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Hey There, Pilgrim — There’s a New Burger in Town

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A quick perusal of the burger buzz on Chowhound.com reveals a recurring theme: Westchester burger fans are divided between Eastchester’s Piper’s Kilt and Purdy’s Blazer Pub. While we’re not knocking either august patty, we wondered—isn’t there anything new on the burger horizon?

There is. Burgers, Shakes and Fries is a new (6 weeks old) Byram, CT, venture started by Kory Wollins, who looks about 12 years old but has actually worked in every aspect of the restaurant industry (both front and back of the house) for 15 years. While both the Piper’s Kilt and the Blazer Pub adhere to one burger genre—the mammoth, greasy bar burger—Burgers, Shakes and Fries is all about the stand burger. What’s a stand burger? It’s the sort of burger you eat at roadside restaurants with giant food sculptures on top: Dairy Queen, In-and-Our Burger, you name it. It comes on waxed paper resting in a plastic basket, a gingham cardboard faux-basket, or a brown box with a fold-out beverage holder. Unlike bar burgers (which are consumed with beer), one pairs stand burgers with icy, cardboard-cup sodas or shakes. These make one burp on the car ride home.

Burgers, Shakes and Fries is picking up on a huge NYC trend in which serious restaurateurs are re-thinking the stand burger oeuvre. It all started with Danny Meyer, owner of Union Square Café (and The Modern, 11 Madison Park, Tabla, yadda, yadda) — he opened critical darling Shake Shack in 2004. Meyer, who was comfortable atop the New York food world on his high-end restaurant empire, had the guts to announce to gastro-snobs that he grew up in the Mid-West, dammit, and he loved burger bars and hot dog stands. Shake Shack’s claim to fame is its award-winning burgers made with a proprietary combination of ground beef cuts (soon to be available by the pound); daily-house-made frozen custards and shakes; and boutique Abita root beer. The lines at Shake Shack are so long that Meyer installed a live webcam on the restaurant’s website: you can check on the line’s length before you head out for a bite.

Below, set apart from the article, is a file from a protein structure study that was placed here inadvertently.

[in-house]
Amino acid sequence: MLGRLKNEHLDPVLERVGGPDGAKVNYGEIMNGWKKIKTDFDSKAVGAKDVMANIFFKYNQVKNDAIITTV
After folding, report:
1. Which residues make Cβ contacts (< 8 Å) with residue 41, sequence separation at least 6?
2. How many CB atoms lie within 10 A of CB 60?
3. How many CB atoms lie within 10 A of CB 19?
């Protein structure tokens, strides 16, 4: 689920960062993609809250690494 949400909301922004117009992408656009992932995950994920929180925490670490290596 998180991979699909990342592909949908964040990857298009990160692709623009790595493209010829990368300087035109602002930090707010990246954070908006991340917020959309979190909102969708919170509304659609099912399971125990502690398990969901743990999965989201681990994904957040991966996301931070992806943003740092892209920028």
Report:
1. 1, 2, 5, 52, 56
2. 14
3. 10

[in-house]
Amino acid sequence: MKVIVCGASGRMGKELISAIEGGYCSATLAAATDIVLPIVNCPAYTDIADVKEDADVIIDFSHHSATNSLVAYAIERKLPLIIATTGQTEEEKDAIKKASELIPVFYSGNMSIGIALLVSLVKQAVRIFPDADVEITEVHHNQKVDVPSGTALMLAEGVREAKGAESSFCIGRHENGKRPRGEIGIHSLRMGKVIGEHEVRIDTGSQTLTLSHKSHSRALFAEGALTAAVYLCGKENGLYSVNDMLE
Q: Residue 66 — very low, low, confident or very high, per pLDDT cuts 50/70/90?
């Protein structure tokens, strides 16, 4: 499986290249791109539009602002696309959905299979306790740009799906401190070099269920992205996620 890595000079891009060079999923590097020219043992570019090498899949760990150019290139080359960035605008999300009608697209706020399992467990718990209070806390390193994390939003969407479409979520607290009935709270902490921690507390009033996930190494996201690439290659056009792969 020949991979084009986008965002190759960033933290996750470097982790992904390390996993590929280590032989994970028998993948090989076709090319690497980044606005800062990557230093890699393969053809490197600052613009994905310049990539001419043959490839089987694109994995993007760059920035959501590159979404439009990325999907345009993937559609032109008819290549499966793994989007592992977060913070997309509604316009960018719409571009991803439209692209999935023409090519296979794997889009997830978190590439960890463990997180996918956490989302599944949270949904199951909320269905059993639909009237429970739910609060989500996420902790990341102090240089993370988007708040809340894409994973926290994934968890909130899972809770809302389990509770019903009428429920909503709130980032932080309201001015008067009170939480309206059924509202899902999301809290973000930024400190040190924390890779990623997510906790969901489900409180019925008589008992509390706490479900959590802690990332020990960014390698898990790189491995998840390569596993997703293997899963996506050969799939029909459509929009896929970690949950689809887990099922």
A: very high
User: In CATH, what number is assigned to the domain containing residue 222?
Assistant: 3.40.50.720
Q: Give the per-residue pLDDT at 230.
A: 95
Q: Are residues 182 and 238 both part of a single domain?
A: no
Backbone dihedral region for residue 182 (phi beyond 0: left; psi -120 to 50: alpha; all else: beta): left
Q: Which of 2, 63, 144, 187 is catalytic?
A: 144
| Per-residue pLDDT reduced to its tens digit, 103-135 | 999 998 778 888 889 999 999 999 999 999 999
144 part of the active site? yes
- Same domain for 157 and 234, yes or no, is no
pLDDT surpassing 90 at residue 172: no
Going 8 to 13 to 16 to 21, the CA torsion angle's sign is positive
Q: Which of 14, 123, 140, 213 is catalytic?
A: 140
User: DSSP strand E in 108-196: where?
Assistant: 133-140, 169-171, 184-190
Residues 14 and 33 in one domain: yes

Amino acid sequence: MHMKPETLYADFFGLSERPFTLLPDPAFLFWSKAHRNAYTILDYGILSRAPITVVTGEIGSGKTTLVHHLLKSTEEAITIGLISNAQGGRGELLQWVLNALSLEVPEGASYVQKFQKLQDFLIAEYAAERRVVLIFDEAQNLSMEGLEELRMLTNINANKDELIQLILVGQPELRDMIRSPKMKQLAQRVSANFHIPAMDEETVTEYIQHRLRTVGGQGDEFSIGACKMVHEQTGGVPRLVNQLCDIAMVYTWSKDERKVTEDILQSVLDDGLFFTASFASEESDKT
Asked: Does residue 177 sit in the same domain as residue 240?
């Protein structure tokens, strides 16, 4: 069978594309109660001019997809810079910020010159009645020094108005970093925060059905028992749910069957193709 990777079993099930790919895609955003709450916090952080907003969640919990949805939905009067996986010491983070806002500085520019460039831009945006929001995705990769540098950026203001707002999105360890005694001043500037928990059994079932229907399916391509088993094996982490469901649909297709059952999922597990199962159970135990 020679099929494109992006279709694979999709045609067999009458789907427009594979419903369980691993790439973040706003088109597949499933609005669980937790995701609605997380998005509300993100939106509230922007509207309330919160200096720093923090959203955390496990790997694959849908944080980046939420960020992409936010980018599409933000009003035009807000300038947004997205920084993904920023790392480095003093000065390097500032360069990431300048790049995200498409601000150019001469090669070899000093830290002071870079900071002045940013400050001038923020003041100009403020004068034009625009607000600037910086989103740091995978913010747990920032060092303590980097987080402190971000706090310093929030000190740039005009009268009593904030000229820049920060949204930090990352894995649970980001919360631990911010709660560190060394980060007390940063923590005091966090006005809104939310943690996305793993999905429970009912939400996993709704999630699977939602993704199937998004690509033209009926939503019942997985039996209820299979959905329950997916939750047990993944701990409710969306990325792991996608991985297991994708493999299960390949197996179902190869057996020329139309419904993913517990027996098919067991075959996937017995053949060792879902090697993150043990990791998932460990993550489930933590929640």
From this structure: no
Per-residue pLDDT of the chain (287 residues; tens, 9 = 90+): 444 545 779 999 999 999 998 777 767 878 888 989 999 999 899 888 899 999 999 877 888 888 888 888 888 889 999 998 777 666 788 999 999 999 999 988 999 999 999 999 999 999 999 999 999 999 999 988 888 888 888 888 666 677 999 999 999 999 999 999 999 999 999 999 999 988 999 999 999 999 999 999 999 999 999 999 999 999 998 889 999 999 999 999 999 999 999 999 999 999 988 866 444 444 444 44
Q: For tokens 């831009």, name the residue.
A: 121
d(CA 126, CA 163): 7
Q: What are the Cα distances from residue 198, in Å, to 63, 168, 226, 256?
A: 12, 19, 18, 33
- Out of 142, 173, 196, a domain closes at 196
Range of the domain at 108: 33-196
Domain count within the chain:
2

Shake Shack was rapidly followed by Stand and BRGR, two restaurants that are all about the concept “proprietary.” We’re talking proprietary meat mixes; proprietary, house-made sodas; proprietary buns. The shtick here is that while these restaurants are serving fast food, they’re not really serving junk food. These are well-thought-out, aesthetically balanced meals – albeit in burger-and-fries form. Others followed.

While Kory Wollins sneers at the whole “proprietary” idea, Burgers, Shakes and Fries shares many haute burger stand aesthetics. For instance, he’s selling a small, locally produced line of boutique sodas, Freaky Dog Soda out of South Norwalk, CT. His beef, while 100% unmixed, non-proprietary chuck, is ground daily by Port Chester’s Meateria and he’s using natural casing, all beef, Boar’s Head hot dogs. Plus, instead of run-of-the-mill buns, he’s got his own spin – he grills sliced Rockland Bakery white bread spread with a proprietary mix of butter and a secret condiment. The result is a crisp, buttery non-bun that yields the perfect ratio of carb to protein.

We love these burgers. The patties are loosely packed, which means there are lots of gaps for meat juices to collect in, plus, they’re never squashed down by impatient grill masters. This is a drip-down-your-arm-juicy burger, enveloped in buttery, nicely crisp and caramelized slices of bread. While BSF’s chuck might lack some of the steak-y notes of, say, a Shake Shack or Stand burger, the chuck wins on pure, luscious juiciness. BSF’s hot dogs are great, too, with the snap of natural casings and the beefy quality of Boars Head. Oh, and their New England top split buns get the same butter, mystery sauce and grill treatment – so they’re crisp and tasty, too. Try a gooey cheese dog – it’s shamefully delicious, though you might need a Wet-Nap or six.

Fries – probably even harder to do well than burgers—are also great at BSF. Wollins buys his fries pre-blanched and frozen, but so are 90% of the fries being dropped into Frialators around the world. The important thing in their ultimate quality is that, like at Thomas Keller’s Bouchon Bakery, the restaurant gets good frozen fries. At BSF, look for unpeeled fries, larger than shoestrings, smaller than steakfries — these are a good, crisp, very potato-ey fries. It also helps that Wollins invested in a super-premium deep-fry filter, so his fries will never have that acrid, tired-oil flavor.

Our single quibble with BSF comes with the shakes—they’re just a little off. While the shakes do come in wonderful, house-blended flavors—like cinnamon, Neapolitan and coffee—there is an underlying flavor note in BSF’s shake base that vies with the quality found elsewhere in the menu. Also—while Fox’s U-Bet Chocolate Syrup is a venerable shake-flavoring standard, we’re were hoping for the upped quality found at other haute burger stands — or, for that matter, in BSF’s own boutique, local sodas. But we figure that at only six weeks old, BSF has a while to work out these kinks.

Shakes aside, we love BSF. And once we work off that deadly cheese dog on the elliptical trainer, we’ll be back for more.

Burgers, Shakes and Fries

302 Delavan Avenue
Greenwich, CT (203) 531-7433; www.burgersshakesnfries.com  

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